Under the direction of Dr. Prudence Rice, Mr. William Duncan will collect data for his doctoral dissertation. Mr. Duncan has participated in long term NSF supported archaeological to reconstruct late prehistoric population distribution and social organization in the Peten lakes region of northern Guatemala. After devolution of classic Mayan civilization in this region, local Mayan groups nucleated into smaller social entities until their ultimate conquest by the Spanish. Through combined archaeological, historical and ethnographic work the team has traced continuities through time and correlated late prehistoric and extant Mayan populations. This provides an excellent opportunity to trace change over time and evaluate, for example, the impact of such events as the classic Mayan "collapse" and the Spanish conquest. Dr. Duncan will focus on burial ritual. Because burials - both skeletal remains and associated grave offerings - are often well preserved in the archaeological record they are the focus of considerable scientific attention. Most societies have strict rules governing their form and through analysis of grave remains it is often possible to work backwards and reconstruct multiple aspects of social organization. In the course of the Northern Peten work, many burials from multiple Postclassic groups have been recovered. With NSF support, Mr. Duncan will expand and analyze this sample. He has noted that burials vary along multiple axes. Some are "domestic" and associated with individual dwellings. Others are multiple in nature and likely took place in a broader civic context. Within this latter distinct variants are evident. Based on both Middle American and world wide ethnographic comparison it is postulated that different burial variants served different purposes: in some cases the goal was to move the soul onwards to an afterlife. In others, the reverse was the case. Based on an ethnographically derived set of criteria Mr. Duncan will analyze methods of burial and compare them across different contexts and different social groups. He will also conduct an analyses of the skeletons themselves and use a set of discrete dental traits with a high degree of heritability to examine degree of relationship among and between individuals.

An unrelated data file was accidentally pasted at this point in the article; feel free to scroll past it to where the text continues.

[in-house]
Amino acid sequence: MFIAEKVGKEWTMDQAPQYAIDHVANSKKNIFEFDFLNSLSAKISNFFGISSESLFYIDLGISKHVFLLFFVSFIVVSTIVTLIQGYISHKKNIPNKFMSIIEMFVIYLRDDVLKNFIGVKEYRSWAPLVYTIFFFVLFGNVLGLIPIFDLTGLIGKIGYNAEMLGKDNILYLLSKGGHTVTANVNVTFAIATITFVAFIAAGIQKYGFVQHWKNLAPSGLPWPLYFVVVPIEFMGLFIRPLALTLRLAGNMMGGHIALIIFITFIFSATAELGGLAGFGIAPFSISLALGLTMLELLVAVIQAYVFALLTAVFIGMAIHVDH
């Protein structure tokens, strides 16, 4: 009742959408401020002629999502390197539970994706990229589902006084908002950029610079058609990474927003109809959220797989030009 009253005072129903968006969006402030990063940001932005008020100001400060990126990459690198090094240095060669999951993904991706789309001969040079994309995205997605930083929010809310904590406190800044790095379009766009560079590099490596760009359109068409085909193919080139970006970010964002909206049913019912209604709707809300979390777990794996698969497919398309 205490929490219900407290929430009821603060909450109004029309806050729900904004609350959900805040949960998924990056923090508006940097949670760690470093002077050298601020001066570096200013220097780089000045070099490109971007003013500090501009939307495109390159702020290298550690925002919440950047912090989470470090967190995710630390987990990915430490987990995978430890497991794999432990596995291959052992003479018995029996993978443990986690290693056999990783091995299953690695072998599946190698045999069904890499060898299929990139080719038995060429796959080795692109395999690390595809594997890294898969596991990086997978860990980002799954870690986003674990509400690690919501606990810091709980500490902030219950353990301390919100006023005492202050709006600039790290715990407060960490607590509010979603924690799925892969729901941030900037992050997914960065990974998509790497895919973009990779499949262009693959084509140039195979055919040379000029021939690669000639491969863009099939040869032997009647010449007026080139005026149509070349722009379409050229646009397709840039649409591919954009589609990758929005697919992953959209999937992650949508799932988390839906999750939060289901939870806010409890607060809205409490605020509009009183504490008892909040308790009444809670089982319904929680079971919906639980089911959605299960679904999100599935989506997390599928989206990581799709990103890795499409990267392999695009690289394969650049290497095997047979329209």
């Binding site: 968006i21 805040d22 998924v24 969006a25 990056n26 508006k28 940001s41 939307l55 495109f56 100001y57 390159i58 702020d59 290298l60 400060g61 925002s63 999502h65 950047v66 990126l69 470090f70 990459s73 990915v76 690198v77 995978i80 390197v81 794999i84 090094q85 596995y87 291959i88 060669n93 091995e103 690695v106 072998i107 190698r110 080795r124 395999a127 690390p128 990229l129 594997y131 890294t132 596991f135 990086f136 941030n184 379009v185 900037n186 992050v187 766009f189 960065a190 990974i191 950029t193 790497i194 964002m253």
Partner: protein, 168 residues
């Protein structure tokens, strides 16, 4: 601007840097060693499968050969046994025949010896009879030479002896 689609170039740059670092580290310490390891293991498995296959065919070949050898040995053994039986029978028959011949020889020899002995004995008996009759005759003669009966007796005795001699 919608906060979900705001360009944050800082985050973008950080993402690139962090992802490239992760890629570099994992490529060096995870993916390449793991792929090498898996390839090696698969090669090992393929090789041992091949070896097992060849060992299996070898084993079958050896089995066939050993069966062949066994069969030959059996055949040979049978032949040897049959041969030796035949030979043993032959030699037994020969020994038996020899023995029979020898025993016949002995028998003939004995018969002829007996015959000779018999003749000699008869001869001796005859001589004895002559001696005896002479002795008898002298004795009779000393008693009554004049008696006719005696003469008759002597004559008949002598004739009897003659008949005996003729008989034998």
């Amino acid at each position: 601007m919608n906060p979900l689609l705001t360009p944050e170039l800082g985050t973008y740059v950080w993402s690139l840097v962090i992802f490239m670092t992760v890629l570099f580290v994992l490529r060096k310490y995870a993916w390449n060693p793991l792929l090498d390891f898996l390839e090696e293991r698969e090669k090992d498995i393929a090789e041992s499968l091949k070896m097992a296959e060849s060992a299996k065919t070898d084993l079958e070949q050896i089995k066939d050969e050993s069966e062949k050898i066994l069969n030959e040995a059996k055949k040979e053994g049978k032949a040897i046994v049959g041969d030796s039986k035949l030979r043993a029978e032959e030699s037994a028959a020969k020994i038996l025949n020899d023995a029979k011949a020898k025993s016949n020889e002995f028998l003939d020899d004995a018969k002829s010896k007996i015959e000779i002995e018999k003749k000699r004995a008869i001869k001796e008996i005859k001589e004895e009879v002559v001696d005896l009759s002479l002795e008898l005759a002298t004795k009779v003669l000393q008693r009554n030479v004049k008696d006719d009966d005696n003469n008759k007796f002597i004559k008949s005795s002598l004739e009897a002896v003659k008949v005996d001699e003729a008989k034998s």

This research is important for several reasons. It will provide insight into prehistoric Mayan social organization and the results will be of interest to many Middle Americanists. Through a unique combination of archaeological and biological approaches it will help to develop an analytic technique of potentially wide applicability. Finally it will assist in training a promising young scientist.